By Kat Bein
By Shea Serrano
By S. Pajot
By Terrence McCoy
By Falyn Freyman
By Shea Serrano
By Jacob Katel
By Michael E. Miller
Do these things really happen? Johnny Clyde swears it's true. He was about fifteen, gawking at an electric guitar in the window of a music shop in Houston's Third Ward district, when a man approached him and asked if he had a band. Turns out the guy owned a local nightclub.
"He told me to bring my band by there that night," Copeland remembers. "I said 'We ain't got nothin' but acoustics.' So he said, 'Well, come by with that.' So I went and found Joe [Hughes, who still plays guitar with Copeland] and all the guys A we was the Five Dukes then. We went over to the club that night, and man, the people loved us. The next day, he [the club owner] went and bought all that equipment for us."
Like Lightnin' Hopkins, one of his early heroes, the Texas Twister (a moniker Copeland earned as much for his whirlwind output in the late Fifties as for his somebody-done-scraped-my-vocal-cords-on-the-pavement singing style) spins a yarn in a relaxed Lone Star drawl. Although a long way from his hometown -- Copeland moved to New York in 1979 -- the blues guitarist-singer-songwriter recalls his roots vividly.
Who wouldn't? Houston in the early Fifties: T-Bone Walker and Clarence Gatemouth Brown were playing locally; soon-to-be guitar greats Albert Collins and Johnny Guitar Watson were young hotshots; and Lightnin', well, on a nice day you might catch him picking a tune with his cronies under a shade tree on McGregor Street. Teenage Johnny Clyde was soaking it all up.
With all these influences in his head and new equipment at his fingertips, Copeland and his band started making a name for themselves, touring the little cities and towns around the area. "Finally, a guy come talk to us from Galveston that had a club and wanted us to come down there. And us being so young, he had to go and make an arrangement with everybody's family to let us go down there. It was like being in army camp, man. He was responsible for us. He wouldn't let us do nothin' but work."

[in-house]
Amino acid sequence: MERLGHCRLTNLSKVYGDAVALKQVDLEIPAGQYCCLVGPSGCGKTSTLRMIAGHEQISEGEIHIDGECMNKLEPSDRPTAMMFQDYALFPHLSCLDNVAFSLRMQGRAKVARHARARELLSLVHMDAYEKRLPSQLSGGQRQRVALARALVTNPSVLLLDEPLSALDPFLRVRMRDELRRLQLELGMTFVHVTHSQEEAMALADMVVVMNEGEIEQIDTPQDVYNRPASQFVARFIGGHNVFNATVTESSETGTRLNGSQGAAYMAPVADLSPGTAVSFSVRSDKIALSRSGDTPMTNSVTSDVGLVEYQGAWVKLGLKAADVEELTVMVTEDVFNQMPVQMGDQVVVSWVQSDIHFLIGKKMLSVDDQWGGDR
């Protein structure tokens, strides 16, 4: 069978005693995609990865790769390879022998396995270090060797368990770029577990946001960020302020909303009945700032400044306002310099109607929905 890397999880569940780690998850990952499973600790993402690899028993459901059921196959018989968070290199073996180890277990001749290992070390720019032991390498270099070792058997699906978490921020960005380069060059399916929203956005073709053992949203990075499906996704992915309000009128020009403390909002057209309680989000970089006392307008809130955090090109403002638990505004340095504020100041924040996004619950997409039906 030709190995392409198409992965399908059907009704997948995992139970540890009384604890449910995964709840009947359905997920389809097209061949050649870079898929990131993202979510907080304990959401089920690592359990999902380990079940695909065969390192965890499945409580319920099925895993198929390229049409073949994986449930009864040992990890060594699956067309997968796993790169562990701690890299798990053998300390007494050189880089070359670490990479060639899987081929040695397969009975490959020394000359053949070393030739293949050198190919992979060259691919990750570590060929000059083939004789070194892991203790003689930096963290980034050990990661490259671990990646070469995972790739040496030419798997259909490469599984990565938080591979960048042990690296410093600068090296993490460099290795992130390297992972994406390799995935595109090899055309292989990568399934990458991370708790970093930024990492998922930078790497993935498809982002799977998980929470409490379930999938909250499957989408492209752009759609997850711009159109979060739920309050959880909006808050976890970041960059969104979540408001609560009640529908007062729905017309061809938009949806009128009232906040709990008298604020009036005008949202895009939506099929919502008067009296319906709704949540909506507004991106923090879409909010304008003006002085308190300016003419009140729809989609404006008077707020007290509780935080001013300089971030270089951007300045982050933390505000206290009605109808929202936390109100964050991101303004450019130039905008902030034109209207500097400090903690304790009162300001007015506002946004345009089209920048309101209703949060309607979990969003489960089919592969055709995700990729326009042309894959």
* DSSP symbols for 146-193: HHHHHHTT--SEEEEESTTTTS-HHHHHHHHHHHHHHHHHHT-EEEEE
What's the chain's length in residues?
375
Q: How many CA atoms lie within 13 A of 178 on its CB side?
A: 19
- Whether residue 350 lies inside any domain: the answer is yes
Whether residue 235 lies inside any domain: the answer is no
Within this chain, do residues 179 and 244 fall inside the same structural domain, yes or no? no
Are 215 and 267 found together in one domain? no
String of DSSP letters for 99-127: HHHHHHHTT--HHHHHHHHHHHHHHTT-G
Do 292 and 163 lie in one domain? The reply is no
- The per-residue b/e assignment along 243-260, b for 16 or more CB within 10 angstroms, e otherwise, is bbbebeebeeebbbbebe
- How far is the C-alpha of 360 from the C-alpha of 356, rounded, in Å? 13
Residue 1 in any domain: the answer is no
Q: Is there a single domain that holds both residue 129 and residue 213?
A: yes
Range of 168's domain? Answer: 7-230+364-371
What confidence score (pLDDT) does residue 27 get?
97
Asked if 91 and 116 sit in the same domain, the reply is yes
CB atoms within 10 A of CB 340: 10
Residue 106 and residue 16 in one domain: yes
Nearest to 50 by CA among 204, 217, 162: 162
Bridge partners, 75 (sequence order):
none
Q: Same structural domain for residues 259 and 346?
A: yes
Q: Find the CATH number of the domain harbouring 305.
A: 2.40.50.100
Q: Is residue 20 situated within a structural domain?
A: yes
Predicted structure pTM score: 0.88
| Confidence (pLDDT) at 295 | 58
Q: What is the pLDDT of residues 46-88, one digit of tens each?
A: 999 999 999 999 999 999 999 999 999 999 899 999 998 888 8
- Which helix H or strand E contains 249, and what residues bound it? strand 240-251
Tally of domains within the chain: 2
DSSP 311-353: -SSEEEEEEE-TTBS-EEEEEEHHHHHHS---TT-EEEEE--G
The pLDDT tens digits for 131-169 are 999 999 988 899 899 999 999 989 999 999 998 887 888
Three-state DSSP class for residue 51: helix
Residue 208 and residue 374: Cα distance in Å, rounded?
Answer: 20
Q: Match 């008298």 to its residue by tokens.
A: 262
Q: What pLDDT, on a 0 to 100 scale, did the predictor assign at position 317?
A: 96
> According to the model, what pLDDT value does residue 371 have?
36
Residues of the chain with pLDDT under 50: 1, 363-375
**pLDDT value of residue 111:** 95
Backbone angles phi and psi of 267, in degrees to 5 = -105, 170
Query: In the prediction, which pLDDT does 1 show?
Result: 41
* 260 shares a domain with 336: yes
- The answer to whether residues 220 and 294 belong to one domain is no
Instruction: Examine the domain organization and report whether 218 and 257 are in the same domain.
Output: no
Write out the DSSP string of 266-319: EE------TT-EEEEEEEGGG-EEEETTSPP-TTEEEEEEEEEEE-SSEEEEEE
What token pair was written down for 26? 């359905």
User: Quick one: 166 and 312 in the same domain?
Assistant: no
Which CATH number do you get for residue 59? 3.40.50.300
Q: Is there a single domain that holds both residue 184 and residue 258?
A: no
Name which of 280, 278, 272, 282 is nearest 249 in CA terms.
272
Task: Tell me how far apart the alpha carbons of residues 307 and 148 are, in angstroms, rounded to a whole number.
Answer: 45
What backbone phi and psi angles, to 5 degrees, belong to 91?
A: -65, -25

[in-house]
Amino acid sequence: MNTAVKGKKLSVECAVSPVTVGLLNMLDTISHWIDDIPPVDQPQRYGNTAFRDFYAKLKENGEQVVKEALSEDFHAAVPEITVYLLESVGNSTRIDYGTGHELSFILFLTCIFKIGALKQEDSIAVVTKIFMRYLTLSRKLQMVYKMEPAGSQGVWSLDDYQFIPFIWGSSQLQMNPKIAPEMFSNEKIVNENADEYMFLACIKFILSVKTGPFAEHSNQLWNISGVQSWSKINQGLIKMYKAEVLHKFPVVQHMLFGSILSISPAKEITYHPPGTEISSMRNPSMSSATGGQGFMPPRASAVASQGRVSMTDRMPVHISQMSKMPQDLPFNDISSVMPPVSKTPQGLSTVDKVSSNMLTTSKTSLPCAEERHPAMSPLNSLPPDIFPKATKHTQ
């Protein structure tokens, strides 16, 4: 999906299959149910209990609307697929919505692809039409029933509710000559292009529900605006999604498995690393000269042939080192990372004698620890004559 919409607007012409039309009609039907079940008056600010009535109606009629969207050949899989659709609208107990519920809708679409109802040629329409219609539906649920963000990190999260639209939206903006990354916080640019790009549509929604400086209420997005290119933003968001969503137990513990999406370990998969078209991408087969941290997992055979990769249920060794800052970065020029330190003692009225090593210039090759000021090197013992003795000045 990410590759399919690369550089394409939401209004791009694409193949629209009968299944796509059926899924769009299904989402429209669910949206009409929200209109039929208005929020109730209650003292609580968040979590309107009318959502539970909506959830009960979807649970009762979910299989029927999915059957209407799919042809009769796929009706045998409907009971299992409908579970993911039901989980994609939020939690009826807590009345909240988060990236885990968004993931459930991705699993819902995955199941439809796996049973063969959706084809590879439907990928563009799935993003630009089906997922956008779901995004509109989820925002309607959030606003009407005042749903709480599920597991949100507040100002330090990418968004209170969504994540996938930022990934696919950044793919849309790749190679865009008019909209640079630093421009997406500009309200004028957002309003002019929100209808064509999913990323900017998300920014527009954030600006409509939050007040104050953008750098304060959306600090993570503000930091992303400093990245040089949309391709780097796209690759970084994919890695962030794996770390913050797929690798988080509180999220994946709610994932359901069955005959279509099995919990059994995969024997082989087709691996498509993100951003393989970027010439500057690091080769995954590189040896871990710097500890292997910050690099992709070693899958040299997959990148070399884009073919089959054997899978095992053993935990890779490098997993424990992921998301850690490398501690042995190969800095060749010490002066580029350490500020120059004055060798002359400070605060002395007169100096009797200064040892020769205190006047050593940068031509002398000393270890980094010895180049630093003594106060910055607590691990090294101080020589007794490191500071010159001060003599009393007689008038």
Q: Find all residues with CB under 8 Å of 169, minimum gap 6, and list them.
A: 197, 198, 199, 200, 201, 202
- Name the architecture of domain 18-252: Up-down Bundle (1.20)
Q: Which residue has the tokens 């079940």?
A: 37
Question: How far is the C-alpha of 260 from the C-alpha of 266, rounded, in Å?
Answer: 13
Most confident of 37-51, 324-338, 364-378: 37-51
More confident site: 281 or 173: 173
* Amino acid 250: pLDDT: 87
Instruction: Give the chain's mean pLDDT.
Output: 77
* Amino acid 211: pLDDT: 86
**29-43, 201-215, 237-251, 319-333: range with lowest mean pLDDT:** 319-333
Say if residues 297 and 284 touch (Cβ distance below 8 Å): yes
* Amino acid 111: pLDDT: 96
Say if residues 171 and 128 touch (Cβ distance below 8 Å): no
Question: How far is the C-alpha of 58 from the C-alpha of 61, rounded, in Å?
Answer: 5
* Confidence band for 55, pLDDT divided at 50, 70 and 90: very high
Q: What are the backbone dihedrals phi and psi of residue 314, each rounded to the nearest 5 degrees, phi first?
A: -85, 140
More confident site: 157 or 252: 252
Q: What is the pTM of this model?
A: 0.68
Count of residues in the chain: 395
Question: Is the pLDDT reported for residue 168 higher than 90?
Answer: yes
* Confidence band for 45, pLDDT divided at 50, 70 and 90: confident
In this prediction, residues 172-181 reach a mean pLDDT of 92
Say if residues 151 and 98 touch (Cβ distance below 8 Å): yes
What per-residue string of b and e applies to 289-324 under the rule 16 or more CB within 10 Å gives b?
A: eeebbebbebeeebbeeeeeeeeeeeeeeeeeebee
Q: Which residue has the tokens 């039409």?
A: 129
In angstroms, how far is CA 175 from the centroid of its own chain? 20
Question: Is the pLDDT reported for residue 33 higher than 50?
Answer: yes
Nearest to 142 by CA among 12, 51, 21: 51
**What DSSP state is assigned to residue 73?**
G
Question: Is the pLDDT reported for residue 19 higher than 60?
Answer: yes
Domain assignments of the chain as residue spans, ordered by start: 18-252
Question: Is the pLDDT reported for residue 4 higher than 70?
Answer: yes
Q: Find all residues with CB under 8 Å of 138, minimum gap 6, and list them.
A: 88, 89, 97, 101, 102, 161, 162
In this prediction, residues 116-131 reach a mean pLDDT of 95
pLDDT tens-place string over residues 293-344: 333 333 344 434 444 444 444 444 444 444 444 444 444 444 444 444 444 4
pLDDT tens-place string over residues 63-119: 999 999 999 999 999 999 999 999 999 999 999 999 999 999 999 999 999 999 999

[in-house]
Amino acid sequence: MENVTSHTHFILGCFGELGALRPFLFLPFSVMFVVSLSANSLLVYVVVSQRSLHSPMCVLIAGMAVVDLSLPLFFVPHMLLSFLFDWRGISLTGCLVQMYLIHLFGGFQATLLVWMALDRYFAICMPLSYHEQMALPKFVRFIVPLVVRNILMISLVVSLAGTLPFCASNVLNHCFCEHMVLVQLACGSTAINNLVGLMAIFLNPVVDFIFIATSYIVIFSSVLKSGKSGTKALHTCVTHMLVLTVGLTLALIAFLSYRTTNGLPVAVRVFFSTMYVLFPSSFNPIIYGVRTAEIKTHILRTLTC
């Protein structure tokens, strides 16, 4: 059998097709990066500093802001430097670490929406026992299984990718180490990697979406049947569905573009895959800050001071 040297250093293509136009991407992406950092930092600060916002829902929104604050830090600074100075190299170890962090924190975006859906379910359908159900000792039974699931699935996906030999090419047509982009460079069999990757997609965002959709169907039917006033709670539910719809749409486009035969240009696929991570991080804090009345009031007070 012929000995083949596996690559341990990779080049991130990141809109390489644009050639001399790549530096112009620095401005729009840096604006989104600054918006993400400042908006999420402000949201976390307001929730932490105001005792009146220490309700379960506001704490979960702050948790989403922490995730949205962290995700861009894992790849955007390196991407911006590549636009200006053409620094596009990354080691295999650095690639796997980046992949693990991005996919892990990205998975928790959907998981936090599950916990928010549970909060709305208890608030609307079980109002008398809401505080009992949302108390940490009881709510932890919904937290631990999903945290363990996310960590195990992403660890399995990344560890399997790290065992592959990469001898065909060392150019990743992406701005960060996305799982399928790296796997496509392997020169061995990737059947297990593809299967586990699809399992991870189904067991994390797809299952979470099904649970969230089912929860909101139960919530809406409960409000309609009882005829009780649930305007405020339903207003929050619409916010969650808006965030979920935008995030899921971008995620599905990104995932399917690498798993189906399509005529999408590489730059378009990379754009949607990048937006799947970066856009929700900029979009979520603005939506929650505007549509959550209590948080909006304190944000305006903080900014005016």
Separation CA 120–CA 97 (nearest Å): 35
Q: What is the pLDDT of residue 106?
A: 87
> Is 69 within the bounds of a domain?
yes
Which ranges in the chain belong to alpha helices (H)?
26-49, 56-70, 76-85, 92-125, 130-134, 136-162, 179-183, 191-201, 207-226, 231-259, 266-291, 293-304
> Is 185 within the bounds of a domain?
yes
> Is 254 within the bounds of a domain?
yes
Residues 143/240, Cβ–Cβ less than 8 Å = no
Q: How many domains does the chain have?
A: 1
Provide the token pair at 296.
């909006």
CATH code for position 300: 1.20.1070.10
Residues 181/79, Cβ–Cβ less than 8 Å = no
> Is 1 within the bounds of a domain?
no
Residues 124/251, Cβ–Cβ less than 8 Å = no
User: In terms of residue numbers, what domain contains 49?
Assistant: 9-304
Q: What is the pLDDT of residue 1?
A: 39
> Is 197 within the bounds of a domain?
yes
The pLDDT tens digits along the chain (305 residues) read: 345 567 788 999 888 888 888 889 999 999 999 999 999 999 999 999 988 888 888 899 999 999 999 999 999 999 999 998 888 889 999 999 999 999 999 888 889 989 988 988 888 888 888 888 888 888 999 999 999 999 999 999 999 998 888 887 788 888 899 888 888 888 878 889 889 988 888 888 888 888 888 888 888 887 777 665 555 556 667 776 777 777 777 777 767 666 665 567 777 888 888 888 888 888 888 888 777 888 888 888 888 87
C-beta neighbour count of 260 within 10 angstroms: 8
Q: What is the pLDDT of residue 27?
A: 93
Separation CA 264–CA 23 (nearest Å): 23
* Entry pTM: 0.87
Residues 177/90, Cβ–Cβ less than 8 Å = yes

And forget about exploring the clubs of the big city. "There weren't no clubs but the ones we was playing in. You know, we'd go there in the morning, clean the club up. Then when we'd get through cleaning, we'd rehearse the rest of the day and go home that evening about say, 5:30, and get ready to come back for the show at 8:00. We'd get back and we'd have a full house of people, but we had to go straight to the bandstand and stay on the bandstand. When we'd take a break we had to stay on the bandstand. Man, we could never get off the bandstand!"
It wasn't long after returning from his three-year stint in Galveston that Johnny Clyde landed a gig at Shady's Playhouse, back in the Third Ward, with pal Johnny G. Watson. It was Shady's that was to give him both invaluable experience and notoriety. "I got to play with a lot of guys -- Jimmy Reed used to come in there, Amos Milburn, Big Mama Thornton, everybody that came through town would go there." Of course, Copeland still had to hustle, playing the infamous Santa Fe circuit with Big Mama T., Sonny Boy Williamson, and Freddie King, but at least he didn't have to sweep up the clubs he played any more.
There were still plenty of lean years to come before the recent blues revival, during which Copeland earned his keep boxing (he was 23-0) and even selling used cars. ("I saw some people give their last for some funny shit," he told Greg Baker back in 1988, "It's cold and I couldn't do that.") But Johnny Clyde hung in there, heading north, playing the Harlem club scene, and eventually catching a ride on the reverb Stevie Ray Vaughan created in the early Eighties. A half a dozen excellent LPs were recorded for the Rounder label, a couple with Stevie Ray, in fact, but ultimately it was an Alligator recording that brought him into the national limelight in a big way (at least here in the States and beyond New York; he's always been huge in Europe and was lauded by New York crits since his first Rounder release). With longtime friend Albert Collins and budding bluesman Robert Cray, Copeland laid down some incendiary tracks for the Grammy-winning Showdown! album. The interplay between Copeland and the late Collins A musically as well as personally A highlights the record ("Hey, Albert!" "Yeah, what's happenin', Johnny?" "You bring your harmonica with you?" "Yeah, here it is"). The two also use the showcase to give props back to their mentors, even including Wardmate Hop Wilson's Blackcat Bone. One hero was slated to appear on the album: "Gatemouth was supposed to be on the Showdown! record, you know," says Copeland of the influential picker who was replaced by Cray. "I read somewhere where he said the reason he wasn't on the record is they wouldn't let him produce it. I like to read all his interviews," he cracks up, "His interviews be funny, man!"